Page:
We also have a big thing about ambiguity. I'm very much a believer that questions are more interesting than answers. The film 2001 is more interesting than 2010, for example. Every time Ridley Scott posits Deckard as a replicant in Blade Runner a little piece of me dies - the whole point of that film lies in the possibility that he is. Come down either side and you castrate it, make it significantly less profound and interesting... trading it in for a cheap surprise twist. So there are moments within the series where we avoided being cut and dried - things like what happens in the study at the end of Manhunt [the first story by Matt Fitton], who exactly Ray is in Sins... they're rather up to you, the audience. You could ask me, Ken, David, Matt... we'd all have different responses. There are suggestions and implications... but if definite unequivocal answers were intended, they'd have been supplied.

It was a lot of fun to write, although the end was a bit tricksy to marshal. I'd no idea how I was going to feel writing those characters... but they're just as much a joy to write as Jago and Litefoot. From the opening debrief scene I knew I was going to have a blast.

You are also an actor as well as a writer; youve appeared in several Big Finish releases and are shortly to appear in the June / July Fourth Doctor Adventures. How do you find the experience differs in the studio compared to watching others perform your stories? Does it give you a particular insight into writing for these characters and actors having performed beside them?

If I'm in studio as a writer, I'm largely listening out for my own mistakes. Lines that sound dodgy, or unclear. But by and large I've done my job by that point, so it's relatively relaxed, and largely just comes down to laughing at my own jokes like a monstrous person. Acting is different because you're more focused, you're working harder (at least on that day) and using a totally different part of your brain. And equally, I hang out with the cast a bit more on those acting days, because getting comfortable with your fellow cast-mates improves the end product. Everyone's relaxed, having fun, and therefore the work is better. There's a third strand, oddly, when I help out with the Tom Baker stories – if I've not written it and I'm not in it, I hang out in a side-room and type so as to avoid interfering with the other processes going on.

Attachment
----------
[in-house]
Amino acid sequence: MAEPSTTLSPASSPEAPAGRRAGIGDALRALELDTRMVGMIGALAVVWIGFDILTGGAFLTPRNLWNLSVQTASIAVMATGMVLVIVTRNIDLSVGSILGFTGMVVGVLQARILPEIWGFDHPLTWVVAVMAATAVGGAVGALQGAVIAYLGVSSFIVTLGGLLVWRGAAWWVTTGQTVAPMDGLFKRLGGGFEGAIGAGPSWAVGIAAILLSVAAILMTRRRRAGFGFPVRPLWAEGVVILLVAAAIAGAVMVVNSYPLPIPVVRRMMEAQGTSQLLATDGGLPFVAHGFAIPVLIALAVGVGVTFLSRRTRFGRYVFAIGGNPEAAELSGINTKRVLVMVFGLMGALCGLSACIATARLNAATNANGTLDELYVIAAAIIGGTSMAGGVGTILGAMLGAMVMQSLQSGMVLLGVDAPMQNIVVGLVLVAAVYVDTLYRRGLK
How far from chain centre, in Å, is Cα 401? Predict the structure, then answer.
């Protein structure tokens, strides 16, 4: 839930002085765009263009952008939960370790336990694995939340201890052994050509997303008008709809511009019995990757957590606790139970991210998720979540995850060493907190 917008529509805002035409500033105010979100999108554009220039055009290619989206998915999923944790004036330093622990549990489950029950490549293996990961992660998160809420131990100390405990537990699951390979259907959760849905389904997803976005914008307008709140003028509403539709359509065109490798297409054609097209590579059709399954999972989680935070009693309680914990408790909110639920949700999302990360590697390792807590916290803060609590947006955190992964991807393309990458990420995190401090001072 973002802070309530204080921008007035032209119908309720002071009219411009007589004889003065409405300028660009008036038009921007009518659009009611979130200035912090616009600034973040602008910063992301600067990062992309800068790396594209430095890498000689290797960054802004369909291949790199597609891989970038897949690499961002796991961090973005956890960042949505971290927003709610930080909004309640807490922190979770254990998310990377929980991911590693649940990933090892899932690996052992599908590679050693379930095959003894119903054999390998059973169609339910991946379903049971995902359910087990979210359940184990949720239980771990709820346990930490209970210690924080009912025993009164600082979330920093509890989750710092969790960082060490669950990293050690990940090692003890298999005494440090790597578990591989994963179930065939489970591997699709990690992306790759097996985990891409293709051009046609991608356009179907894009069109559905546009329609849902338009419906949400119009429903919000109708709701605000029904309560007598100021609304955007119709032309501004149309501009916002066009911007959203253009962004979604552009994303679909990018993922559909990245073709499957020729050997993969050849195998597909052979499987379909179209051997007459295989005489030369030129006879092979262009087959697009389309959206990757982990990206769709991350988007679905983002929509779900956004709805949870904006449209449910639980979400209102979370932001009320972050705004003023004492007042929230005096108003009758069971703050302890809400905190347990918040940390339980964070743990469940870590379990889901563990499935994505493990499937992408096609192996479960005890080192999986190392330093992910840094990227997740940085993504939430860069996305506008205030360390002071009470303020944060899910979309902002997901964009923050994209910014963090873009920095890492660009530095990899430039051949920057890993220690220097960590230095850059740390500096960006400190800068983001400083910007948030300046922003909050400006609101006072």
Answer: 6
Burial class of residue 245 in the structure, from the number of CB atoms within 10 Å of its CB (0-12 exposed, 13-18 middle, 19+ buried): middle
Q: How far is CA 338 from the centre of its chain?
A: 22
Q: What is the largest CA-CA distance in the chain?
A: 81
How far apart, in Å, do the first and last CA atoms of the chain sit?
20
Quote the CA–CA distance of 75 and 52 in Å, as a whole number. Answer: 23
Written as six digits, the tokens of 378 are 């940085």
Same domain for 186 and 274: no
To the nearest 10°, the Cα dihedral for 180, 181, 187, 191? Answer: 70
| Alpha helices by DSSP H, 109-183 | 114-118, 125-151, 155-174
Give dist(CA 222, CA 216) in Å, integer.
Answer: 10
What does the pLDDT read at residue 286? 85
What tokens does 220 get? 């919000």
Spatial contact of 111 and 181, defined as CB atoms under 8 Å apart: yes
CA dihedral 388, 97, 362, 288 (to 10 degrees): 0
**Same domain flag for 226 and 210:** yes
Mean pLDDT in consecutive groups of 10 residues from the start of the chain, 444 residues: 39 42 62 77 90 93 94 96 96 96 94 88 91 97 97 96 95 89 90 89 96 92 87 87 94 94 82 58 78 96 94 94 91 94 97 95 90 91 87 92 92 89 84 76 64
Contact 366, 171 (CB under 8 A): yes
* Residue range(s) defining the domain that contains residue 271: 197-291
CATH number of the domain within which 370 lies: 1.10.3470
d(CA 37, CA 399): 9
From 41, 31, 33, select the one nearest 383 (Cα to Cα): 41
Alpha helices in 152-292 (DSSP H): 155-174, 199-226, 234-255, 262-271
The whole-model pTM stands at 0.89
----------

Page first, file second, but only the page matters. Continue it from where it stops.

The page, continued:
I don't think having performed against them gives any particular insight. Meeting them in the studio gives you an idea of the real person, so if anything you've got to avoid writing the actor instead of the character. The main insight I bring is I know what actors do in general. I know how to make lines sayable, I know what annoys you in radio, and so on.

This is of course the 50th anniversary year for Doctor Who and you have written the November main range release Assassination Games which is the third of three releases themed on 1963. This also sees the reunion of the Seventh Doctor with the Counter-Measures team. Did you write this before or after you wrote Sins of the Father? Can you give away any clues as to the story? Does it connect back to Remembrance of the Daleks or is it something unique of its own?

I wrote it a few months after Sins. It took a long while to come up with a plot because practically everything I could think of we'd already done in Counter-Measures series one or two! But eventually my researches began to pay off. Particular paragraphs of Never Had it So Good, Dominic Sandbrook's excellent history of the sixties inspired a premise for the villain’s plan, as did some of the James Bond books, some real history. I was reading it largely behind the set of a show at the Edinburgh festival. Sophie Aldred was up so she came to see me and I was able to tell her I'd been researching a script for her on one side of the canvas whilst she was sat on the other side.